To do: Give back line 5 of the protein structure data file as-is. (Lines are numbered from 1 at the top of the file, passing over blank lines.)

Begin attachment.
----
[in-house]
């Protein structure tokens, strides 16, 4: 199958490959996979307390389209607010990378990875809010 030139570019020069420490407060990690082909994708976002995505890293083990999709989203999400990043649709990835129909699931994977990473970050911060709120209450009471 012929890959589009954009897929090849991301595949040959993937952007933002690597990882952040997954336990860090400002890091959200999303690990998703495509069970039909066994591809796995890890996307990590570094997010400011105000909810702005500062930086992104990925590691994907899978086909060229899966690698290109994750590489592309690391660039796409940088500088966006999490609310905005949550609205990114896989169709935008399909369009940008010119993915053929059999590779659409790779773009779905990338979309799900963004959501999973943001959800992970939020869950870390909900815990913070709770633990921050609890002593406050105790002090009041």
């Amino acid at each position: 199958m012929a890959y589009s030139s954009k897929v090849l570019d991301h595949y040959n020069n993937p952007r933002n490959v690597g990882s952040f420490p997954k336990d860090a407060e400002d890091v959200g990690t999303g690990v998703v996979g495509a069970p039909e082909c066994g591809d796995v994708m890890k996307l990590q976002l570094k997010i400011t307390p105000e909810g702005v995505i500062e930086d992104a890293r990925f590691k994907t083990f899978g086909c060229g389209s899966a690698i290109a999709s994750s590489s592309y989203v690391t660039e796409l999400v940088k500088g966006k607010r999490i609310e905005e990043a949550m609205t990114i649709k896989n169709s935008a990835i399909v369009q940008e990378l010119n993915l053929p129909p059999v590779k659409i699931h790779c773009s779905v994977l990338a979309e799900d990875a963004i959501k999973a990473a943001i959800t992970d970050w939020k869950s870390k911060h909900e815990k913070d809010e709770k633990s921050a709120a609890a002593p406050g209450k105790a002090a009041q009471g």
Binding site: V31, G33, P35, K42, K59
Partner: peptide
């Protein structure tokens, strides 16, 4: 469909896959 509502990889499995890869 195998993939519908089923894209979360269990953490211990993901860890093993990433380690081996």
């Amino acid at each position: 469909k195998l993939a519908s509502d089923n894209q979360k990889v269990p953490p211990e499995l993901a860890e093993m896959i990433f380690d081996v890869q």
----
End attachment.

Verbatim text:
Partner: peptide